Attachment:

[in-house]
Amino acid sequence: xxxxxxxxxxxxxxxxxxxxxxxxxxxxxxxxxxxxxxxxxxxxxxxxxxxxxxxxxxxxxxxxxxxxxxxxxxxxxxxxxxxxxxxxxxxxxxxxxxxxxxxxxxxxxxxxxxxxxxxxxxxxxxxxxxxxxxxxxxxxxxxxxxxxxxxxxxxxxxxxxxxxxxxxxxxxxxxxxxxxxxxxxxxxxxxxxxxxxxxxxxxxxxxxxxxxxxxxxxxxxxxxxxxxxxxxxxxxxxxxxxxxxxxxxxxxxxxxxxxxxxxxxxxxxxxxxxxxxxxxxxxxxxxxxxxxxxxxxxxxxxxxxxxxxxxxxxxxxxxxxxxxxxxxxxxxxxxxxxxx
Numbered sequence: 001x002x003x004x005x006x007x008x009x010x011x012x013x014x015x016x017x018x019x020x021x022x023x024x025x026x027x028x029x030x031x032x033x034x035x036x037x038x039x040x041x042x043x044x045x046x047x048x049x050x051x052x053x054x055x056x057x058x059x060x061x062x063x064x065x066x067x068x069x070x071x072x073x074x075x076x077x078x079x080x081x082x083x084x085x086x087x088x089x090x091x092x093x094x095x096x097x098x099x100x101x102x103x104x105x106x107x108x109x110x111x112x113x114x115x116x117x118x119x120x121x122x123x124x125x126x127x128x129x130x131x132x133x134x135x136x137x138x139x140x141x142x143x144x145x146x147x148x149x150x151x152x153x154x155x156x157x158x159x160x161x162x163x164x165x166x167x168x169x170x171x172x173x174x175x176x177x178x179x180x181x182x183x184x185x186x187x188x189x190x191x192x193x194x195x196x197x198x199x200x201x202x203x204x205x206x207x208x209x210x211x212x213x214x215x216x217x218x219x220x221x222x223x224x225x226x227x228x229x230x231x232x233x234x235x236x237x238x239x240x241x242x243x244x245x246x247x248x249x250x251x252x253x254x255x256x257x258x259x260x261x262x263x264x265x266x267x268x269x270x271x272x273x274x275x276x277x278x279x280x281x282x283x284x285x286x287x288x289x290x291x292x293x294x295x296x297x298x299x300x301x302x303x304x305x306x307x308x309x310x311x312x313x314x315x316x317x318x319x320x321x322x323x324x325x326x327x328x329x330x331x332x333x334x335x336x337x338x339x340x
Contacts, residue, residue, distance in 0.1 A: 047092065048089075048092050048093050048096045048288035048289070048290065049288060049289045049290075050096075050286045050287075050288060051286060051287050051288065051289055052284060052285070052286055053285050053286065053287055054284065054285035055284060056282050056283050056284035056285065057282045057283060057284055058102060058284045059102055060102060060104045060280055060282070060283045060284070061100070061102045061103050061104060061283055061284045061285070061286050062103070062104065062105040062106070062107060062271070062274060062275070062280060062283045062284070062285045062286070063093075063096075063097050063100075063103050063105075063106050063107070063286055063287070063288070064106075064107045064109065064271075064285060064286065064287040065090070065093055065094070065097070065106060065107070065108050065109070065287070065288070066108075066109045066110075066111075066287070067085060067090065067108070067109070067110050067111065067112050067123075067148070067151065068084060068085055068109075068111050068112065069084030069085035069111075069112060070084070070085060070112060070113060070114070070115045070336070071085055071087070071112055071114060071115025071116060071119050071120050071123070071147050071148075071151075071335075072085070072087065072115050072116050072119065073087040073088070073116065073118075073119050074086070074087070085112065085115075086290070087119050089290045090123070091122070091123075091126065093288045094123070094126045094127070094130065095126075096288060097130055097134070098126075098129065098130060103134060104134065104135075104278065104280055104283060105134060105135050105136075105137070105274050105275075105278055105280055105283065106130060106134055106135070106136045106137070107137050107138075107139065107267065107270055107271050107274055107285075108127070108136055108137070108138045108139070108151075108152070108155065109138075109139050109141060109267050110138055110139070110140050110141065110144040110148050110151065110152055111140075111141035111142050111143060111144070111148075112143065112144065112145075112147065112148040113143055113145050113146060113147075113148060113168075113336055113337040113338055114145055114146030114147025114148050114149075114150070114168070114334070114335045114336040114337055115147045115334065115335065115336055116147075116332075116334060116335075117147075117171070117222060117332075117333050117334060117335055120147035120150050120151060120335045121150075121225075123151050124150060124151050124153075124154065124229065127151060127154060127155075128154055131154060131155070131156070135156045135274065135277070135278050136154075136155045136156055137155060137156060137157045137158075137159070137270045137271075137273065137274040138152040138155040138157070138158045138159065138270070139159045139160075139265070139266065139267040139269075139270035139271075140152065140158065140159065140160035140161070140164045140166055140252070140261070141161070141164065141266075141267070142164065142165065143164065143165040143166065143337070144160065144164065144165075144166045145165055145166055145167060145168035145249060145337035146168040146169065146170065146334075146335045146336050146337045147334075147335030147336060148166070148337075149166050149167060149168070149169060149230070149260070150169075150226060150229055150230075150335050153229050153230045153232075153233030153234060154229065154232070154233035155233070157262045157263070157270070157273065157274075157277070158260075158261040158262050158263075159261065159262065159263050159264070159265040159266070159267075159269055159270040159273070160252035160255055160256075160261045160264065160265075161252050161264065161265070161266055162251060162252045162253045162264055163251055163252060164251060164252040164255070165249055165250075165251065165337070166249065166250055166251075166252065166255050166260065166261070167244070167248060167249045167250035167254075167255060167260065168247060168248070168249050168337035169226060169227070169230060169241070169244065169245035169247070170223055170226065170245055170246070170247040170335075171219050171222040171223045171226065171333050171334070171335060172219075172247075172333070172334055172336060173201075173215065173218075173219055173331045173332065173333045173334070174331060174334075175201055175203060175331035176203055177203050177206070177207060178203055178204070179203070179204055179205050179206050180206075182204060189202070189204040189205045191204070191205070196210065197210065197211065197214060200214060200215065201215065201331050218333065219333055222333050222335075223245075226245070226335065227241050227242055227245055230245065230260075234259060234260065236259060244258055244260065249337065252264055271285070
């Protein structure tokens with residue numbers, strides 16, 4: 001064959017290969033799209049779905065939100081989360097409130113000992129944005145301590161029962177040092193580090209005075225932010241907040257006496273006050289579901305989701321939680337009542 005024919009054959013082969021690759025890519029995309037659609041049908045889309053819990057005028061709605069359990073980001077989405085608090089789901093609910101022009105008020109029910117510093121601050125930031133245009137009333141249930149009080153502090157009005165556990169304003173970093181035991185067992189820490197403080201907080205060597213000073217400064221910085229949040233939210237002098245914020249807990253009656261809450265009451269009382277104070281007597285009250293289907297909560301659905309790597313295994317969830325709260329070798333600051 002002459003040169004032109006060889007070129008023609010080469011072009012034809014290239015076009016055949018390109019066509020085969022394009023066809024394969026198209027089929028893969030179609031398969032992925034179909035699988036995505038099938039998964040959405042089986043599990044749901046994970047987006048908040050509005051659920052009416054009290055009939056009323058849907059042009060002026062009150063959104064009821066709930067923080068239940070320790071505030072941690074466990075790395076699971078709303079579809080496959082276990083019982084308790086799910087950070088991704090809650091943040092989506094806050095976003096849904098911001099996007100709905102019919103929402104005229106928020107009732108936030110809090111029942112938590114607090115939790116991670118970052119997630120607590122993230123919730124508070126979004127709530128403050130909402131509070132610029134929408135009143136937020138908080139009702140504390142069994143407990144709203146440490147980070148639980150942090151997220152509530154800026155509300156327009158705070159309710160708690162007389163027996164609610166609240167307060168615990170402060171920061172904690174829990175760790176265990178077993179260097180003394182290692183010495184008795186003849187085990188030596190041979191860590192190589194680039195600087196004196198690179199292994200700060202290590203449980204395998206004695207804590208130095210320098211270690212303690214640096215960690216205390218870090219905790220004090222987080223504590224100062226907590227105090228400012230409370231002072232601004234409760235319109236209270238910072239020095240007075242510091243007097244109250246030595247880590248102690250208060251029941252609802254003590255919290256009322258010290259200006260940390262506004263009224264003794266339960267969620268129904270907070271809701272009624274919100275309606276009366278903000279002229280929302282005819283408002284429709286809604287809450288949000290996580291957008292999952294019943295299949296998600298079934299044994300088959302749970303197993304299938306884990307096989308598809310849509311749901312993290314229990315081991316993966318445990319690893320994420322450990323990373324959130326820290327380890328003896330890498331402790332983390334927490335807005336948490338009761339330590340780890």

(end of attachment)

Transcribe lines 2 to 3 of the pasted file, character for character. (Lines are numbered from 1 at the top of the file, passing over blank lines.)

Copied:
Amino acid sequence: xxxxxxxxxxxxxxxxxxxxxxxxxxxxxxxxxxxxxxxxxxxxxxxxxxxxxxxxxxxxxxxxxxxxxxxxxxxxxxxxxxxxxxxxxxxxxxxxxxxxxxxxxxxxxxxxxxxxxxxxxxxxxxxxxxxxxxxxxxxxxxxxxxxxxxxxxxxxxxxxxxxxxxxxxxxxxxxxxxxxxxxxxxxxxxxxxxxxxxxxxxxxxxxxxxxxxxxxxxxxxxxxxxxxxxxxxxxxxxxxxxxxxxxxxxxxxxxxxxxxxxxxxxxxxxxxxxxxxxxxxxxxxxxxxxxxxxxxxxxxxxxxxxxxxxxxxxxxxxxxxxxxxxxxxxxxxxxxxxxx
Numbered sequence: 001x002x003x004x005x006x007x008x009x010x011x012x013x014x015x016x017x018x019x020x021x022x023x024x025x026x027x028x029x030x031x032x033x034x035x036x037x038x039x040x041x042x043x044x045x046x047x048x049x050x051x052x053x054x055x056x057x058x059x060x061x062x063x064x065x066x067x068x069x070x071x072x073x074x075x076x077x078x079x080x081x082x083x084x085x086x087x088x089x090x091x092x093x094x095x096x097x098x099x100x101x102x103x104x105x106x107x108x109x110x111x112x113x114x115x116x117x118x119x120x121x122x123x124x125x126x127x128x129x130x131x132x133x134x135x136x137x138x139x140x141x142x143x144x145x146x147x148x149x150x151x152x153x154x155x156x157x158x159x160x161x162x163x164x165x166x167x168x169x170x171x172x173x174x175x176x177x178x179x180x181x182x183x184x185x186x187x188x189x190x191x192x193x194x195x196x197x198x199x200x201x202x203x204x205x206x207x208x209x210x211x212x213x214x215x216x217x218x219x220x221x222x223x224x225x226x227x228x229x230x231x232x233x234x235x236x237x238x239x240x241x242x243x244x245x246x247x248x249x250x251x252x253x254x255x256x257x258x259x260x261x262x263x264x265x266x267x268x269x270x271x272x273x274x275x276x277x278x279x280x281x282x283x284x285x286x287x288x289x290x291x292x293x294x295x296x297x298x299x300x301x302x303x304x305x306x307x308x309x310x311x312x313x314x315x316x317x318x319x320x321x322x323x324x325x326x327x328x329x330x331x332x333x334x335x336x337x338x339x340x